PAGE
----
The “for one” payouts mean that your initial bet is treated as a payment to play the game, and it is lost at the start of each hand. The number listed on the payouts is what you’ll be given if you make that hand. For instance, making a pair of jacks or higher in Jacks or Better video poker has a payout of “1” – which means you’ll win your initial bet back, but that’s it. A video poker payout of “2” is the equivalent of winning even money, as you’ll win your initial bet and one additional unit.
A number of different games have become popular around the world. However, a few stand out as being particularly widespread, which means you can count on seeing them in virtually every casino or club you play in.
Jacks or Better may be the most popular video poker machine or all time, and is a mainstay of any video poker collection. Nearly as popular is Deuces Wild, a game in which all twos are considered wilds. Other popular machines include Bonus Poker, Double Bonus Poker, Double Double Bonus, and Joker Poker.
Yes, playing video poker at online casinos is legal in Australia. While the government does not allow Australian companies to run online casinos, there are many online casinos that are operated overseas, and there are no laws preventing Australians from playing at these casino sites. If you’d like to try playing online, we recommend opening an account at Royal Vegas Online Casino.
Learning video poker strategy is important if you want to get the most out of each machine you play. While most plays may seem obvious, much of optimal strategy is actually counterintuitive, and it’s often very difficult to figure out what the right play is on the fly if you haven’t already learned the proper strategy.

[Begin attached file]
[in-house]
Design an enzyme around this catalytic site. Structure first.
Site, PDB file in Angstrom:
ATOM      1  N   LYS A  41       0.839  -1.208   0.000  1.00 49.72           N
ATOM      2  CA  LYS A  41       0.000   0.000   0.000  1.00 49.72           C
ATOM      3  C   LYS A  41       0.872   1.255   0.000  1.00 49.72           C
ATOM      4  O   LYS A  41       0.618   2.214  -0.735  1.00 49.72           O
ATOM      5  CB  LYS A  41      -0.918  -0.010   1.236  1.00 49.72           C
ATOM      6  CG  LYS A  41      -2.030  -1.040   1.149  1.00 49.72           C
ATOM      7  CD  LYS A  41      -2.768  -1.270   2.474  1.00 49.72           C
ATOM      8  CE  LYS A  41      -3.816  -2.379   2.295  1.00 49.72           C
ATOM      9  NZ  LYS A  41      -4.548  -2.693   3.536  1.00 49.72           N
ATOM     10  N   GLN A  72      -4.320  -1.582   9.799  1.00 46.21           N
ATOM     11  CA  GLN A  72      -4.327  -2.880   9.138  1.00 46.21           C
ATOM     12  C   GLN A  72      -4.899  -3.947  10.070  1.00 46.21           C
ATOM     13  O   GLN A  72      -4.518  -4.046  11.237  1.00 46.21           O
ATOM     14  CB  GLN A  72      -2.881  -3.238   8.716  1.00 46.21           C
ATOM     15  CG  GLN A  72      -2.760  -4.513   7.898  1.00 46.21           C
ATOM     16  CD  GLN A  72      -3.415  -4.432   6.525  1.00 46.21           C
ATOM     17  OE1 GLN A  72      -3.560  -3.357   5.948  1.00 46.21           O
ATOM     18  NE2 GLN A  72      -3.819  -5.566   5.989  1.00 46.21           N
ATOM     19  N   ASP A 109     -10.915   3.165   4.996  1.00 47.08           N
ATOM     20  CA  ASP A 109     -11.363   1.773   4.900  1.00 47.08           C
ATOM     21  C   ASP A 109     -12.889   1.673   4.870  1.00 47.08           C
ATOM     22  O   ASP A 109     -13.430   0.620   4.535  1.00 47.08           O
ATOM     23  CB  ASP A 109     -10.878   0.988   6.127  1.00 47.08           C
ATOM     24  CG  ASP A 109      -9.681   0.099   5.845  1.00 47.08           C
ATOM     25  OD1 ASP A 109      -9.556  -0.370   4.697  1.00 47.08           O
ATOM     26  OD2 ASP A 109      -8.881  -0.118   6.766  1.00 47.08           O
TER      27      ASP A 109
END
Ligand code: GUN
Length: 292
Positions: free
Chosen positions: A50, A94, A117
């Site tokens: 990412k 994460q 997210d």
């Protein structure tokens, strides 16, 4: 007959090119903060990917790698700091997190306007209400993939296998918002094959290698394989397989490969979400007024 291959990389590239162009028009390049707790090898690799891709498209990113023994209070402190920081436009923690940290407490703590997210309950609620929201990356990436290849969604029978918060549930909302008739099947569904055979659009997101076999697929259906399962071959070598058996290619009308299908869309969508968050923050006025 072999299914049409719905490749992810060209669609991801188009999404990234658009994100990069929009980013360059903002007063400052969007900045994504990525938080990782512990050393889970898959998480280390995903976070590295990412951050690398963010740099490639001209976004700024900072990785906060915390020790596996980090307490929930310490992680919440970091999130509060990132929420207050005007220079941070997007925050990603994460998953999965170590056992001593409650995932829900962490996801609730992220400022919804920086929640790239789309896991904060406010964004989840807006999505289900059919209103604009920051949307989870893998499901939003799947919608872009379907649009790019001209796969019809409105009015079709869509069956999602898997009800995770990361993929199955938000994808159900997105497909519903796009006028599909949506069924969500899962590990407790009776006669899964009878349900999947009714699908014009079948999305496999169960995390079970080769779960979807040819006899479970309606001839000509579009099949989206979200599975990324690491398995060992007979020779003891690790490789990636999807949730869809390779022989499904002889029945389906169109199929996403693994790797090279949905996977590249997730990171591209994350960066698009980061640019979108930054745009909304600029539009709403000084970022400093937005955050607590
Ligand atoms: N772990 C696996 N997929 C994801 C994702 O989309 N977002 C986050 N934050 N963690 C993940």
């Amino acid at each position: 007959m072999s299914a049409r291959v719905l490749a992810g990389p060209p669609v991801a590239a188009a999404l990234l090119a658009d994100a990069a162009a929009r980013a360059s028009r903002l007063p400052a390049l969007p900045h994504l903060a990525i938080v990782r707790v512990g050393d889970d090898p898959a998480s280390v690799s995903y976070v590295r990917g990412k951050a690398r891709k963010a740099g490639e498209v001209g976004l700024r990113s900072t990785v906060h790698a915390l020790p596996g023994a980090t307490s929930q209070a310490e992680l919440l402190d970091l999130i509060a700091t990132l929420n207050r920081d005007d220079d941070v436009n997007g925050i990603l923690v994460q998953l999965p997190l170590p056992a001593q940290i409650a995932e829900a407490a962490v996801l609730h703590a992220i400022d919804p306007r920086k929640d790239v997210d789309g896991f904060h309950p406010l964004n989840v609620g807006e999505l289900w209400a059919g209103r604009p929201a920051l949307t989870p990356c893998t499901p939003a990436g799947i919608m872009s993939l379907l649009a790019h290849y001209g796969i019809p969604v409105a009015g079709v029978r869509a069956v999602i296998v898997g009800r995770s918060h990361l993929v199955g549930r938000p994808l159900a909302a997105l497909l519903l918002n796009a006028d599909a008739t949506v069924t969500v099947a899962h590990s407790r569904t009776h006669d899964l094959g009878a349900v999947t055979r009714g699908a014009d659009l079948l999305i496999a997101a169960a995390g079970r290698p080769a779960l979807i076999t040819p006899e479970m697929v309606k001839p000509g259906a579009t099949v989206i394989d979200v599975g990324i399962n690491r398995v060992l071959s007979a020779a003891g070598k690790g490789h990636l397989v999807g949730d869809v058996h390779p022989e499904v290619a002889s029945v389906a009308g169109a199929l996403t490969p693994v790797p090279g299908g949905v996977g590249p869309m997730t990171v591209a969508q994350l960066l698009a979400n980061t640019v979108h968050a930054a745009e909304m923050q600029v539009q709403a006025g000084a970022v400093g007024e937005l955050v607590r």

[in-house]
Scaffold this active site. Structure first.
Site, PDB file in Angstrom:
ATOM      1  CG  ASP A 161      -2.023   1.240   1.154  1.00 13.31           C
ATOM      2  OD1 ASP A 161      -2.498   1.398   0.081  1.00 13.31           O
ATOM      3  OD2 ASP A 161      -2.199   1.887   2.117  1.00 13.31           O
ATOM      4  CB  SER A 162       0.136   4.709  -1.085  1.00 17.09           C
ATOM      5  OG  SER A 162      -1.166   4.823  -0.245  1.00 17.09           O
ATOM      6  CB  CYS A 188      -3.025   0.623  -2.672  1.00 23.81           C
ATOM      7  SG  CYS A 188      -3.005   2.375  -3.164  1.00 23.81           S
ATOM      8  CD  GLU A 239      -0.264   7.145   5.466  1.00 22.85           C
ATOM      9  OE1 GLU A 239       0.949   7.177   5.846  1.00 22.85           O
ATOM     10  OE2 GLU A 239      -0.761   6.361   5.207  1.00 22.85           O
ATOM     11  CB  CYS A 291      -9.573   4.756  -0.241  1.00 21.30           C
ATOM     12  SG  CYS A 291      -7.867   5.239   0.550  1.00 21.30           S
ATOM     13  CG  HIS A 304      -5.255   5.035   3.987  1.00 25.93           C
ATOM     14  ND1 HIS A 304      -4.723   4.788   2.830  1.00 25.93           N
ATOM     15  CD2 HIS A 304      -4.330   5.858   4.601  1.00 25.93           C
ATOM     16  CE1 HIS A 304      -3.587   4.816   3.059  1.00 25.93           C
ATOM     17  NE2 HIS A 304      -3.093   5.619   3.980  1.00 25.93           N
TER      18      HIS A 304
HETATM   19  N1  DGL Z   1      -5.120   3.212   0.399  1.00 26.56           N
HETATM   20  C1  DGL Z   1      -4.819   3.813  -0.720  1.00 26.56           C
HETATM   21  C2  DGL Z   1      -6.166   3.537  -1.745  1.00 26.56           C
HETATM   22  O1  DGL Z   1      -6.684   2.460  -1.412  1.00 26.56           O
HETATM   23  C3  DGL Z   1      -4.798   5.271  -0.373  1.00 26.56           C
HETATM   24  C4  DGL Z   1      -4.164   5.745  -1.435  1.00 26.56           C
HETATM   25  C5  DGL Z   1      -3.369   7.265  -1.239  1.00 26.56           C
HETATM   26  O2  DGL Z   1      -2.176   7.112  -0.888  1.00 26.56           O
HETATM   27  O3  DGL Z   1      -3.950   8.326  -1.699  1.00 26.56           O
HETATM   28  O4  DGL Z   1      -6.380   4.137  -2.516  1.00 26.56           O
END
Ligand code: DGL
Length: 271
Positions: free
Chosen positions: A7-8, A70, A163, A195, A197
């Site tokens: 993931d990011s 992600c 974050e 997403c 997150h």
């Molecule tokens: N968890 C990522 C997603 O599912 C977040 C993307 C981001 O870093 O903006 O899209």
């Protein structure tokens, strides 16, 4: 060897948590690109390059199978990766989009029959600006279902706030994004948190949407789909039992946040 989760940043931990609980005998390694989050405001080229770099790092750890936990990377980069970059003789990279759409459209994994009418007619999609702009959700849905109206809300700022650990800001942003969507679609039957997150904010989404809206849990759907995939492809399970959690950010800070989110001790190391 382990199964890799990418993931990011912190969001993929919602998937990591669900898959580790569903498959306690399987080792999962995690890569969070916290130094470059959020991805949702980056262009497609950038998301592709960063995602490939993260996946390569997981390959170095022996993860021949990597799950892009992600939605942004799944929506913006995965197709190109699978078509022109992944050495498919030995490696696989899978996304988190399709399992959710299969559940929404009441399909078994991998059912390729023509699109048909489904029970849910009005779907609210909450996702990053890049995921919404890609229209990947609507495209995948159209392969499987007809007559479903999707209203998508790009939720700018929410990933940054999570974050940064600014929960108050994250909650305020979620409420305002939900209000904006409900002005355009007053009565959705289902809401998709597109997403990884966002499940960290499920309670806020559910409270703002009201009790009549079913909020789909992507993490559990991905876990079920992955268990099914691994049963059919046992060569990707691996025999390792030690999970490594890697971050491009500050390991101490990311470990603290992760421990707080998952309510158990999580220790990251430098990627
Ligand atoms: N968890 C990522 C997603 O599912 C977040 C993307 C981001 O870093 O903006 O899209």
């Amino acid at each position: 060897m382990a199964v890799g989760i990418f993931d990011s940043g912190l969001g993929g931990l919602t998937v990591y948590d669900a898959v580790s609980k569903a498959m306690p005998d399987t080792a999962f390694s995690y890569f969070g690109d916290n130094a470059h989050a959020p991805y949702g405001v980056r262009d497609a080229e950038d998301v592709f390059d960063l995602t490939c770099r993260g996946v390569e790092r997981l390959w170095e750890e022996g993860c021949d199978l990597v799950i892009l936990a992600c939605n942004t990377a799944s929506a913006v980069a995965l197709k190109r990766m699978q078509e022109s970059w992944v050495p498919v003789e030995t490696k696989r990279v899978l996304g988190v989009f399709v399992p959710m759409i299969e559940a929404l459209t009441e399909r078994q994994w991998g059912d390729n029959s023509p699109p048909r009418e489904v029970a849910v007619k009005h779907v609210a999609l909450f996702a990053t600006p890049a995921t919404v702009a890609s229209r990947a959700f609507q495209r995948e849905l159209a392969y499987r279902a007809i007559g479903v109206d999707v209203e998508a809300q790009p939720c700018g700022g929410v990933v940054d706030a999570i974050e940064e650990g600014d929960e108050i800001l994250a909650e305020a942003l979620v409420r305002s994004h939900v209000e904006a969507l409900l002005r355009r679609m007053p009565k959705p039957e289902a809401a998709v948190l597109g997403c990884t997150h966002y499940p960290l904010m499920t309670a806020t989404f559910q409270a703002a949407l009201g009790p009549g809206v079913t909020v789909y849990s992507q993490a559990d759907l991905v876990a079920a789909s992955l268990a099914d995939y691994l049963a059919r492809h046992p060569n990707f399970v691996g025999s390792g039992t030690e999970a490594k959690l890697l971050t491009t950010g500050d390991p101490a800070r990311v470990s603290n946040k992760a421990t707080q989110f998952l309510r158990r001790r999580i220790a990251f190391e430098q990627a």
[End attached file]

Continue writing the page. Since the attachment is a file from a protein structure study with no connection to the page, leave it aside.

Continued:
For most games, optimal strategies are very long and complex. However, there are strategy cards and charts that are widely available for all of the most popular video poker games. In addition, there are often simplified versions of optimal strategy that come within a few hundredths of a percent of the payouts you would achieve with perfect play.
One of the reasons for the popularity of video poker among serious casino gamblers is the fact that, in some cases, the player can actually hold an edge over the casino. This is only the case when playing on certain machines along with the best possible pay table being used. For instance, a “full pay” Deuces Wild machine offers the player an edge of 0.76%. Of course, to get that advantage, players must use optimal strategy (or a strategy that is very close to it).
Many other machines have a very small house edge – one that can often be overcome with bonuses, promotions, and the benefits of loyalty programs. Examples include Jacks or Better, which has a house edge of less than 0.5% with the full pay table.
Each game has its own unique payout structure, so there’s a different answer to this question for every single game in existence. However, it’s nearly always true that the casino can make changes to the payouts, meaning that most machines do not offer the “full pay” table that gives the players the best odds.
However, these full pay machines do exist, and they’re worth looking out for. For instance, this is the full pay table for Jacks or Better:
Royal Flush: 800
Straight Flush: 50
Four of a Kind: 25
Full House: 9
Three of a Kind: 3
Two Pair: 2
This pay table is known as the 9/6 pay table, after the payouts for a full house and flush. Lower pay tables are commonly known by names like “9/5” or “8/6.”
Most payouts are the same no matter how many coins you play: they’re just multiplied by the number of coins, so your actual odds don’t change. However, you can usually only get the full payout for the jackpot hand – such as a royal flush in Jacks or Better – if you play for the maximum number of coins (almost always five). This means that it is necessary to play for the full number of coins if you want to get the best odds possible on a video poker machine.